After lifting the ban on the crusader army they later arrived at their destination of Constantinople. This was because of the promise by Alexius IV to be given a lot of money and soldiers for their crusade to Jerusalem if they put him on the throne he claims was rightfully his. After installing him on the throne they learn that he didn’t actually have any of the things that he had promised them so they besiege the city and sacked Constantinople. When Alexios was unable to deliver, the Crusaders had no alternative but to sack the city in order to secure sufficient resources to fulfill their vows (Jotischky 176). The biggest reason for the blunder that is the Fourth Crusade is the lack of funds needed to get the crusade off of the ground. If the Crusaders had been properly funded then Zara and Constantinople most likely wouldn’t have been sacked. Both were attacked out of the Crusaders feeling it a necessity in order to continue their journey to Jerusalem. Pope Innocent III also called the Fifth Crusade in the year 1213. This time the Crusader destination was Ayyubid Egypt. They learned similarly to many who had invaded the Middle East that Egypt was crucial to maintaining control of Jerusalem. The Crusaders made it to Egypt in 1217 and because of their inaction initially, they are caught in the annual flooding of the Nile which wound up spreading disease to the Crusaders and by the time their reinforcements arrived their numbers had dwindled due to the disease.
After nearly three of sieges and exhaustion the Crusaders had lost an immense amount of men. They also had found themselves still very far from their mission to capture Cairo. …but in 1099 the final assault on Jerusalem was made possible by the timely arrival of the Italian fleet, whereas in 1221 the expected reinforcements did not arrive (Jotischky 236). The Crusade wound up ending after a disastrous defeat on the march to Cairo after the Ayyubid army under the leadership of Al-Kamil that had launched a surprise attack. A common theme between the Fourth and Fifth Crusades was that they ultimately failed in their endeavors because they lacked proper manpower and they were both insufficiently funded. Another reason why the Fifth Crusade failed, though was because of a lack of unity between the commanders, similarly to the Third Crusade, they would bicker over who gets which town or which castle instead of focusing on finishing the campaign.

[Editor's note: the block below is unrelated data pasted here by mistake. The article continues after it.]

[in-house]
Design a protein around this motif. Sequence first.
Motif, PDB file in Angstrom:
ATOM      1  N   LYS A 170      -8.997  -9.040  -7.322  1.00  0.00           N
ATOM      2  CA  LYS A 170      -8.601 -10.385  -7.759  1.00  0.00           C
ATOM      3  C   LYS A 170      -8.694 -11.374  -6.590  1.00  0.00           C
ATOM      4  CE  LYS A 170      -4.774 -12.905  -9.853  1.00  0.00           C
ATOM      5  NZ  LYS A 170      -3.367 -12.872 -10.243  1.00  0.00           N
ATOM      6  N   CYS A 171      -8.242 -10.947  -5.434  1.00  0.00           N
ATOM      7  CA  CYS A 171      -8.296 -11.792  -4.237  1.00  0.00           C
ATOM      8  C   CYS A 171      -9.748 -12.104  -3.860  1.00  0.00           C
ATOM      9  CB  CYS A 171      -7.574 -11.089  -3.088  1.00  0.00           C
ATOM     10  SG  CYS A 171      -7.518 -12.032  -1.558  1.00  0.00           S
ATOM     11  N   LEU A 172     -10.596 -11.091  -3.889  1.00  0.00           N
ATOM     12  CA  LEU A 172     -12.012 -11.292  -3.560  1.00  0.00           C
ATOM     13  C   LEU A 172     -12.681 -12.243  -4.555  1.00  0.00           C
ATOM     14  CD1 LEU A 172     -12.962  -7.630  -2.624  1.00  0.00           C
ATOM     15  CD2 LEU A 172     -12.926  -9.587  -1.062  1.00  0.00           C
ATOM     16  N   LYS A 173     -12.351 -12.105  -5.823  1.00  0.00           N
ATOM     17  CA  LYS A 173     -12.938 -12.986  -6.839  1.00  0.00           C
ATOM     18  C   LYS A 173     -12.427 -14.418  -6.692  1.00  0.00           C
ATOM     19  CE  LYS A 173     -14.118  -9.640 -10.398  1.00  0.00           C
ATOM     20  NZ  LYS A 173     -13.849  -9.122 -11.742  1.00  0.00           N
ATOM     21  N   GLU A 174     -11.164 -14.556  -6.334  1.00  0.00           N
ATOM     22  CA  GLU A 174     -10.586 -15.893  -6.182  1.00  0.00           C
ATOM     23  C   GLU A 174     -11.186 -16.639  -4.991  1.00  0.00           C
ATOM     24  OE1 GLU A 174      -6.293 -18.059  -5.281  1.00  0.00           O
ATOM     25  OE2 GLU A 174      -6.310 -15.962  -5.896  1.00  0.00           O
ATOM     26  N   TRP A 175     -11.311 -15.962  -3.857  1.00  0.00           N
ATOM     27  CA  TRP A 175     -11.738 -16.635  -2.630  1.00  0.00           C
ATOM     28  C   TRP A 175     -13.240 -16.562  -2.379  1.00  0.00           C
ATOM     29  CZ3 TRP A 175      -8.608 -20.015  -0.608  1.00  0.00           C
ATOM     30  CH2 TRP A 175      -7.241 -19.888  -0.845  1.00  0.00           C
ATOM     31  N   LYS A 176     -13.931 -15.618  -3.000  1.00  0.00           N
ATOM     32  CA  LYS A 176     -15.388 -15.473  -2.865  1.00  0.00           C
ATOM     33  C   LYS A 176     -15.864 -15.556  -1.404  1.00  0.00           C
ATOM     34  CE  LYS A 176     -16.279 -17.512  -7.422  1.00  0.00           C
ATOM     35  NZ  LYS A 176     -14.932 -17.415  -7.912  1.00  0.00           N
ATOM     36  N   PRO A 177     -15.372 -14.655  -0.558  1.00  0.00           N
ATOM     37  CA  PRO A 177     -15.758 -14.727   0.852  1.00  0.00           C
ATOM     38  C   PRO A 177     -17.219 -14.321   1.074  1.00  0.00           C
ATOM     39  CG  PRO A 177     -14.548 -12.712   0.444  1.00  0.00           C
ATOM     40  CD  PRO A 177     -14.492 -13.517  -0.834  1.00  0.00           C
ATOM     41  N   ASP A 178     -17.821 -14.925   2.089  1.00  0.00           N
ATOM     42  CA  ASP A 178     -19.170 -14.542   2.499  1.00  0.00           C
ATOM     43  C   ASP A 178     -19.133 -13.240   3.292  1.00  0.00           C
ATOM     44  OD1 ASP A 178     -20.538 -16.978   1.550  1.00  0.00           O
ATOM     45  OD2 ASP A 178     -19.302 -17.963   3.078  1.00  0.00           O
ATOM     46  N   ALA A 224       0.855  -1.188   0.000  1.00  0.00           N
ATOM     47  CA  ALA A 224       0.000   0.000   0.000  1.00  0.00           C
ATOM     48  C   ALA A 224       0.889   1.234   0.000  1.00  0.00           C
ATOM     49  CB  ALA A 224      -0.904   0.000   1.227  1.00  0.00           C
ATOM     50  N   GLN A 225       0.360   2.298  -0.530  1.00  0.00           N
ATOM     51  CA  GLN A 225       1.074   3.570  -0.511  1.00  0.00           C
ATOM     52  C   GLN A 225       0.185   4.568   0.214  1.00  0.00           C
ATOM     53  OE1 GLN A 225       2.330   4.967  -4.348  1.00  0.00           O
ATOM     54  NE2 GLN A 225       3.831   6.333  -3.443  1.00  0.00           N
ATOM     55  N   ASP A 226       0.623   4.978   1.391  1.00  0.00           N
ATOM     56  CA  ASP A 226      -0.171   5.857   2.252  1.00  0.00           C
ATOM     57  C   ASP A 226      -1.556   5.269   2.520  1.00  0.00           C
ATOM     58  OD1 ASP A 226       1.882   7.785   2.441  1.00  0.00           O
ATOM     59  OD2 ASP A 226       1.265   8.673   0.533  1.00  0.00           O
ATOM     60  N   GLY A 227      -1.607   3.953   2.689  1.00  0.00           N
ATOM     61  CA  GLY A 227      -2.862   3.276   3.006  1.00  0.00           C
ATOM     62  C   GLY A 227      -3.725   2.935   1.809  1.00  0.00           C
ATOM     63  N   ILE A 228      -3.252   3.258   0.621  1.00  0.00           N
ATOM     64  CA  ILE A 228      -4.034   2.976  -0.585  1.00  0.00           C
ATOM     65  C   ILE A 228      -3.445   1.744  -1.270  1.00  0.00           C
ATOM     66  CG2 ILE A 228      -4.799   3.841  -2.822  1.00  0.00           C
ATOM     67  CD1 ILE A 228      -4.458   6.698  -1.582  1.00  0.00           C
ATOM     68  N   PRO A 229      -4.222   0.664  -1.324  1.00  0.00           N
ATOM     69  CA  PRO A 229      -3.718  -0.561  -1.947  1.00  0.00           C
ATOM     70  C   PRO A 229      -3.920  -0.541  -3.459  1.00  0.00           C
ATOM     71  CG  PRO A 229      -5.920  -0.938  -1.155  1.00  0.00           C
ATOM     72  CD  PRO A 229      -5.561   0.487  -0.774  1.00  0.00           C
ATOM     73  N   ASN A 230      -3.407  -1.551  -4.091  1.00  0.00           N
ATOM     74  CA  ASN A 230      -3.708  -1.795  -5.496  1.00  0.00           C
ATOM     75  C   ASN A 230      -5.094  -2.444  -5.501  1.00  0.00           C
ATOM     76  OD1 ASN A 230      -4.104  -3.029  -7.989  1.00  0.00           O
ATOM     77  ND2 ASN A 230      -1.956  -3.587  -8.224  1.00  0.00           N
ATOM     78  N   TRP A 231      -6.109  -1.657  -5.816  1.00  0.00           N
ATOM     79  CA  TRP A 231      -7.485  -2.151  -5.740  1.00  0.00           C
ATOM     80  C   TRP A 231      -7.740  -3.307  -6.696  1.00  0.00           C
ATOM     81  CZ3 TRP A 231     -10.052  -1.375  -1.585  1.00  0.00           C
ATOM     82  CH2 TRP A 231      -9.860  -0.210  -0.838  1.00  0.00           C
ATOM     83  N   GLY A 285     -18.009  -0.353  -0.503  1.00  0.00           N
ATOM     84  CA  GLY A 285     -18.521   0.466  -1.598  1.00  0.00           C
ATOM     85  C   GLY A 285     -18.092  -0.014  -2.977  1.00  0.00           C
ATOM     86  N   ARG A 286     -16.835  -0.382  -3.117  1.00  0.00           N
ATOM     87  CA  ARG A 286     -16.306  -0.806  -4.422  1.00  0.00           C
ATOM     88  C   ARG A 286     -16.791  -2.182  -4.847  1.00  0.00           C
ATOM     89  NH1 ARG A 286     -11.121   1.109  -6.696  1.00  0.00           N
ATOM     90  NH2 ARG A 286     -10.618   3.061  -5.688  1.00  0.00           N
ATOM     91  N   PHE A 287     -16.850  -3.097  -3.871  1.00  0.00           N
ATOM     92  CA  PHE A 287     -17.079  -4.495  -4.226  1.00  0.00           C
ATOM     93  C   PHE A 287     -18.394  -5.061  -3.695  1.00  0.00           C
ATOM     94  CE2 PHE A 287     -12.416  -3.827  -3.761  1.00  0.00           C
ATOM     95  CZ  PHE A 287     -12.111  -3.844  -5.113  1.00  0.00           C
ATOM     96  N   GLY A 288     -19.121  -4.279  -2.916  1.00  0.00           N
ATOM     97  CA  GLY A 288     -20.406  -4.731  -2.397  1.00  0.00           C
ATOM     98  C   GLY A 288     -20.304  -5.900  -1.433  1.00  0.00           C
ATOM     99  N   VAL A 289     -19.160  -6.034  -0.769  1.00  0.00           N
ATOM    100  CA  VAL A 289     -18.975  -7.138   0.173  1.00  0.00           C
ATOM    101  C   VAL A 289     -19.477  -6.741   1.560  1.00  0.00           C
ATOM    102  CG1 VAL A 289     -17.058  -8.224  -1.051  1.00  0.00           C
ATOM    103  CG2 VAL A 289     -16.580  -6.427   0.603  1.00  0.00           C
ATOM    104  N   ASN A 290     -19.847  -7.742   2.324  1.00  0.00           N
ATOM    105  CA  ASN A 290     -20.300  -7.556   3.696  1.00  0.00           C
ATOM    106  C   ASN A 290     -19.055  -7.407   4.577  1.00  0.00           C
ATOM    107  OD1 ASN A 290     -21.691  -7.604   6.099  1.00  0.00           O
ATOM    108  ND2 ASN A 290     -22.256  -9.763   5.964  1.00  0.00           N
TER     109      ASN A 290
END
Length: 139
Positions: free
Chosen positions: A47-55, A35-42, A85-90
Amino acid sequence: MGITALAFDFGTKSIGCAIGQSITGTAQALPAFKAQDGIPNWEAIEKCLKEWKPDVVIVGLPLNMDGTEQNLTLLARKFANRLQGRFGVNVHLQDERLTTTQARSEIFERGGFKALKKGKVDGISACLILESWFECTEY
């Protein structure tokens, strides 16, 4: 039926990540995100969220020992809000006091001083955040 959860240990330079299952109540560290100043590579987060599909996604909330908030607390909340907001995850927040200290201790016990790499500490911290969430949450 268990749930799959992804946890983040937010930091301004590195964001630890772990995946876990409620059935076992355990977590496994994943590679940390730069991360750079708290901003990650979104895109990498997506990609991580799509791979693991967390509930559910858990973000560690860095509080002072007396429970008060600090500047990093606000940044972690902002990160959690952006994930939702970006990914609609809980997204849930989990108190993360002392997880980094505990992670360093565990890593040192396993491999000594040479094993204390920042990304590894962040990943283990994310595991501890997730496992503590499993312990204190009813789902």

A final factor that contributed to the utter failure of the Fifth Crusade is that the Muslims were able to unify in their effort to repel the invading host. In conclusion, the First Crusade had been successful because of the main reasons behind it. They had set out to aid the Byzantine Empire, capture the Holy Land, and establish the Kingdom of Jerusalem. It had also been the first time that something like this had been called with the amount of fervor that Pope Urban II and the church had done. They also were facing an enemy that wasn’t unified and even fighting amongst one another. On the other hand, you have the Fourth and Fifth Crusades which were complete failures in what they had been called to do. They both failed because they hadn’t been adequately financed and there was a unified effort in what they had set out to accomplish.